…We slept in the open, beaten by the sun and rain …They gave us raw rice to cook with only water and salt …They constantly fired shots to intimidate us …We lost all hope of returning home alive By Bashir Bello
Their harrowing experience in the hands of armed bandits for 55 days is better imagined. Deep inside the forest where the bandits’ camp was located, the abducted women and children were kept in the open, beaten by the rain and the sun and fed with a half ration of barely cooked corn gruel.•Murja Isa with her one day old baby girl after released from their kidnappers captivity
The trauma they went through in captivity was written all over them as they looked emaciated and worn out. Before the governor of Katsina State, Alhaji Aminu Bello Masari negotiated their release with the bandits who abducted them, they had lost all hope of returning home alive.
One of the women, Murja Isa, who gave birth in the forest hours before they were released, captured their nasty experience.
The bandits threatened to kill us
She said “We never believed we would regain freedom or return home alive as our abductors were always in a nasty mood, threatening to shoot us since our relatives could not afford to pay ransom to secure our release. We were kept in a camp which initially had 150 captives but gradually reduced to only the 13 of us who were the last to be released.
Three arrested for ritual money making in Katsina(Opens in a new browser tab)
“They fired shots into the air constantly within close proximity to us to scare and intimidate us. We were ill treated by the bandits who fed us twice daily with only a half ration of barely cooked corn gruel”.
Murja was among the last batch of 15 kidnapped victims who were released from their captivity in a camp hidden in the expansive Dansadau Forest in Zamfara State. The forest, which traverses many states in the North West, is also known as Rugu Forest in Katsina State and Kuyenbana Forest in Kaduna State.
The victims included a day old baby girl, another toddler (one year old baby) and 13 women who were mostly teenagers from Mallamawa village in Jibia Local government area of Katsina State.
Abducted with my children
Their sad tale was not different from that of the initial set of 30 kidnap victims, comprising 12 children and 18 women who were set free earlier after spending 55 days in captivity.
One of the victims, Zinatu Sani from Kankara Local Government Area of Katsina state who narrated her ordeal, recalled that she was picked from her matrimonial home with two of her children. She said after they were kidnapped, their abductors demanded N20 million ransom to secure their release which was later reduced to six million naira but their families could not afford it.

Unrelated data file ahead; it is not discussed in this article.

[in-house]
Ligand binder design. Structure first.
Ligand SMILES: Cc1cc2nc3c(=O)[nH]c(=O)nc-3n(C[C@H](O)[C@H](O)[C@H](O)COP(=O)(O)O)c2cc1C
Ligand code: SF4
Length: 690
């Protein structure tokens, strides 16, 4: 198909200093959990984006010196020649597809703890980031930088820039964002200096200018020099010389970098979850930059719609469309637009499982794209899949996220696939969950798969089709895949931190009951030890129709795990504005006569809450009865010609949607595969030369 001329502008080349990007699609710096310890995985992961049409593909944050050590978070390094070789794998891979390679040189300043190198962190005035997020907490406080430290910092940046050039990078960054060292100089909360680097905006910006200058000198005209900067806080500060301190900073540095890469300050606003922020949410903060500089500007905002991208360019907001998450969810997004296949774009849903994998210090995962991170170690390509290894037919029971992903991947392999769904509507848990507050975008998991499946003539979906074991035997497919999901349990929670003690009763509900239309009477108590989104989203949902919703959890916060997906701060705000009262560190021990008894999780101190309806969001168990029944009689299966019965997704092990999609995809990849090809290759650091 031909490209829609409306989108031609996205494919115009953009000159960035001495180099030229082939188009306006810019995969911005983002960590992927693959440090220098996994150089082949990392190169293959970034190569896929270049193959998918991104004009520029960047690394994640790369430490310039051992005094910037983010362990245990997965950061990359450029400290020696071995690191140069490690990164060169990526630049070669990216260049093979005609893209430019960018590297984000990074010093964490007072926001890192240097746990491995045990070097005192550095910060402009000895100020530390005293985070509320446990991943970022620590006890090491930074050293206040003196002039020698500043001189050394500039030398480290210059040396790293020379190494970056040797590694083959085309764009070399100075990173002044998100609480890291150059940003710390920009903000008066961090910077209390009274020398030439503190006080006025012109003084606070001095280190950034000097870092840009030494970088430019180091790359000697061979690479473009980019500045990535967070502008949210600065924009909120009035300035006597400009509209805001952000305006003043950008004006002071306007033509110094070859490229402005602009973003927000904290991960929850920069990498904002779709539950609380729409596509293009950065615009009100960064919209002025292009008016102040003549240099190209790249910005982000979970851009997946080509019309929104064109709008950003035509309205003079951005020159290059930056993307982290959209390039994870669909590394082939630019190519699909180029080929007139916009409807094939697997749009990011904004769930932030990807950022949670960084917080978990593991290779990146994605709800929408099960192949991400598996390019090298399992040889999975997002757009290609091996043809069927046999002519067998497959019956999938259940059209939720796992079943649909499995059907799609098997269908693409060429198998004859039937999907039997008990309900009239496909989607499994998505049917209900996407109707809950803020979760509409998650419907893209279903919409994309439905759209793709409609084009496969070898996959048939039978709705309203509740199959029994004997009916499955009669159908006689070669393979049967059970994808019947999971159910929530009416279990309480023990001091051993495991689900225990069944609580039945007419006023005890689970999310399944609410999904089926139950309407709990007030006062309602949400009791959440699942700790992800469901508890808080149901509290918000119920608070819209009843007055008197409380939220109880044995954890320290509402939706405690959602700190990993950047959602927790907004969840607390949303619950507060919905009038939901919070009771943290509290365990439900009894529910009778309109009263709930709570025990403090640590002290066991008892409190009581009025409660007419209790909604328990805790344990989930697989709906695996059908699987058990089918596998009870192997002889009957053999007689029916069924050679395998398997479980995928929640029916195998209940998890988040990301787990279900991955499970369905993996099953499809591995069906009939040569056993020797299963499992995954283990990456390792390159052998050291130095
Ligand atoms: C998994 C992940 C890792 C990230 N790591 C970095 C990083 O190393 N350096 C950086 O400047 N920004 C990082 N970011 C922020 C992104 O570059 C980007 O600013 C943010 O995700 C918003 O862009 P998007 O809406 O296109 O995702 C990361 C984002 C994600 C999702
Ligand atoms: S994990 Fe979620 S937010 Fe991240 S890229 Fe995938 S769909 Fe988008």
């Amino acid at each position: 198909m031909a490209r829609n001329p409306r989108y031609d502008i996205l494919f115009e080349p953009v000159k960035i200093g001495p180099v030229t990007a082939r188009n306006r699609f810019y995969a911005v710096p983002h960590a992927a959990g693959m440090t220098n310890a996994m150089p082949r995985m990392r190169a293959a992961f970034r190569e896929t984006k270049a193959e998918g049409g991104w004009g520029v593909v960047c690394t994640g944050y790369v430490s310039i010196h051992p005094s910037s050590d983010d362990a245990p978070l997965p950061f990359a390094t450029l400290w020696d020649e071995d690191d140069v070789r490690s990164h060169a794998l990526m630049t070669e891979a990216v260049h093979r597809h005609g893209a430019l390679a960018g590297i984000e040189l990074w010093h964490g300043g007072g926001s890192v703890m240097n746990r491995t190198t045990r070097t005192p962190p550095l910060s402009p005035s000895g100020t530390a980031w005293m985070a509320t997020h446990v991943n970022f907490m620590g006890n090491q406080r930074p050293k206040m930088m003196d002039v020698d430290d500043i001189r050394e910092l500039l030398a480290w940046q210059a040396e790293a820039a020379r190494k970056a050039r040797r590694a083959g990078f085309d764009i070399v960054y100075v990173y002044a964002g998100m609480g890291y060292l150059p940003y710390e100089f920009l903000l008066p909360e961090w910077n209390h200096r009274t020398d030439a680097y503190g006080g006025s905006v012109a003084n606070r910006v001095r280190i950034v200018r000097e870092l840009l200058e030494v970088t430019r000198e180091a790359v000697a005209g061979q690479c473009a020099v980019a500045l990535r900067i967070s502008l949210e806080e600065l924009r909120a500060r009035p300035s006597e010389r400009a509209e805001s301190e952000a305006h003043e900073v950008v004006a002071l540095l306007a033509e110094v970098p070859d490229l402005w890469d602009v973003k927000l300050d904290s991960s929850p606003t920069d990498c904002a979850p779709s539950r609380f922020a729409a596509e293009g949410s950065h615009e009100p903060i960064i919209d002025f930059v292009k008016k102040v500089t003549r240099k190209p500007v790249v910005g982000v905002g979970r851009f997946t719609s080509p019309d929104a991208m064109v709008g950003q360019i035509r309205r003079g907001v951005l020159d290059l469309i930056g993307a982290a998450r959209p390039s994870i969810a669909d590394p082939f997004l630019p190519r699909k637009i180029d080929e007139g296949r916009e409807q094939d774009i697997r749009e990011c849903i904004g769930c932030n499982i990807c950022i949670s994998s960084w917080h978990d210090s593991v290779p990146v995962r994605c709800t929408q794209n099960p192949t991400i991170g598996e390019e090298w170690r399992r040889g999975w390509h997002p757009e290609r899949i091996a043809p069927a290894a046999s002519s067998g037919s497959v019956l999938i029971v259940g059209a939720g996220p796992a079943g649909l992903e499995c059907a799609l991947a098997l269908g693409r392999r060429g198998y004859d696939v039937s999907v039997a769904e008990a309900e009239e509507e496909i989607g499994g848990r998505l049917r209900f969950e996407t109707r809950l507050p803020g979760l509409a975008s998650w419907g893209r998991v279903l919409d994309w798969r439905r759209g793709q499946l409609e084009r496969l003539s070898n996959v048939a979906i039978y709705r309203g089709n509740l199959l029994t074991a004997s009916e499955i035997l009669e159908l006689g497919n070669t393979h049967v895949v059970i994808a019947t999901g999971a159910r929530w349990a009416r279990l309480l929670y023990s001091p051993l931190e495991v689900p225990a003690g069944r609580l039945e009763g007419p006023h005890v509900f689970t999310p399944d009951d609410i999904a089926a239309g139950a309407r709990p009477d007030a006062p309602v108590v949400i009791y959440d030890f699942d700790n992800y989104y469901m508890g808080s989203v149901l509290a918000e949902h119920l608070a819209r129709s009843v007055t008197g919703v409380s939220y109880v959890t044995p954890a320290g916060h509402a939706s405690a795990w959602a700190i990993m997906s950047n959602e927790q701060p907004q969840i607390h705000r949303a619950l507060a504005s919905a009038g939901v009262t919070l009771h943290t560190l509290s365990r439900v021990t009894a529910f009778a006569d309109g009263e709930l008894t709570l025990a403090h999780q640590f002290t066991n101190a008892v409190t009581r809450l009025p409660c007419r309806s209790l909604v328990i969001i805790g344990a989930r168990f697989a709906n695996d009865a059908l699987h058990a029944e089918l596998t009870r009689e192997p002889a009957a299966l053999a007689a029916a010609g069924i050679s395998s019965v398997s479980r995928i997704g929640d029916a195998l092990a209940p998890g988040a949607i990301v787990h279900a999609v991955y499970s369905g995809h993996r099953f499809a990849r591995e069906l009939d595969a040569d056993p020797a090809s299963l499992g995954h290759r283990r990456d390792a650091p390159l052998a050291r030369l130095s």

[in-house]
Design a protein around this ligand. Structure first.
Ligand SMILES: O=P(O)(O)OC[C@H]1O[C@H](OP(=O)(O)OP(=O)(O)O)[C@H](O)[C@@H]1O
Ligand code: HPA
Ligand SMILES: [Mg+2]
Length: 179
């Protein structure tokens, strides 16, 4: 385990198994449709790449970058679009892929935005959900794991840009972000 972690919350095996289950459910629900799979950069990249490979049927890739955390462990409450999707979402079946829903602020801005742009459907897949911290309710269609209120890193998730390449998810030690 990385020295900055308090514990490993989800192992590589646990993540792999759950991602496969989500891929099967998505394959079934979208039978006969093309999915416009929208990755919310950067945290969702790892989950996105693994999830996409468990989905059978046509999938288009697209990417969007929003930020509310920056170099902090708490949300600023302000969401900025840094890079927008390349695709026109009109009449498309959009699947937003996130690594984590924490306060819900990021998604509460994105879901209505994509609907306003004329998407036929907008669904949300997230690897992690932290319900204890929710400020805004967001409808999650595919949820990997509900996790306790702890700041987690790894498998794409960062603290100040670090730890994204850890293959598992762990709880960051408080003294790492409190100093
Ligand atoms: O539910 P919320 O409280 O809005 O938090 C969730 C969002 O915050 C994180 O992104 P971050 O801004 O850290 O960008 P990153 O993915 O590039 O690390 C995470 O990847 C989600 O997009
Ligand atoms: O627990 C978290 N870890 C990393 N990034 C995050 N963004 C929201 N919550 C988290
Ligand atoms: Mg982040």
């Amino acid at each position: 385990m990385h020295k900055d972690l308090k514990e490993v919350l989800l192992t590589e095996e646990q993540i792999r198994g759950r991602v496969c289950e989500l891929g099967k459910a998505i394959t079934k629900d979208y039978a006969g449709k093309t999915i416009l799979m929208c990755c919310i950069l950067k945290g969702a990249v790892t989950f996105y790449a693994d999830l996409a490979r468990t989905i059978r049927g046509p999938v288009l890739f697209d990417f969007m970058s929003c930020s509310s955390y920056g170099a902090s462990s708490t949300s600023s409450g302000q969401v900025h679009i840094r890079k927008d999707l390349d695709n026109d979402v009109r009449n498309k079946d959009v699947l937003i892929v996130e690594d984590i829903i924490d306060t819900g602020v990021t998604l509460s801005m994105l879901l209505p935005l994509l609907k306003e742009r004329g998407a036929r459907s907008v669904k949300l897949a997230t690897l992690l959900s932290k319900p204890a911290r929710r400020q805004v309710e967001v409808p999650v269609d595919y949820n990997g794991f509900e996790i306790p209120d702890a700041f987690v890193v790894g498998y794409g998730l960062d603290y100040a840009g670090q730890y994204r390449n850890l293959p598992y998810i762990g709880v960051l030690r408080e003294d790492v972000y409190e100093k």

According to her; “for 55 days that we spent in captivity, we slept in the open where sun and rain beat us every day. The bandits used to give us raw rice to cook with only water and salt”.
Swap agreement with bandits
Recall that Governor Masari had initiated a peace dialogue initiative with the bandits who had been terrorising communities in the state and visited their hideouts in the eight frontline local government areas sharing border with the dreaded Rugu forest. Under the initiative, an agreement was reached whereby the arrested bandits who were in custody of security agencies would be released in exchange for the kidnapped women and children.
Obaseki suspends council chairman over corruption allegation(Opens in a new browser tab)
With the release of the last batch of 15 victims, the number of kidnap victims who were freed under the agreement reached in the peace dialogue initiative was put at over 70 while the arrested bandits who have been released so far was put at 15.
Meanwhile, receiving the freed captives, elated Governor Masari disclosed that the 13 women and the two infants from Mallamawa village in Jibia LGA were the last set of victims from Katsina State known to be in captivity anywhere. He said now that all the kidnap victims from the state had been released, the next phase of sustaining the peace dialogue initiative in the state was the surrender of arms and ammunitions by the bandits, which will be followed by their rehabilitation and integration.
The last phase, the Governor added, would involve further provision of amenities like schools, clinics, roads, water points for human and animal use as well as re-demarcation of cattle routes which were taken over by farmers and converted into farm land.
Masari said there would also be regular engagements between officials of Katsina and Zamfara states with their counterparts in Maradi Region of the neighbouring Niger Republic.
The victims were later given relief materials and undertook medical check-up before reuniting with their families.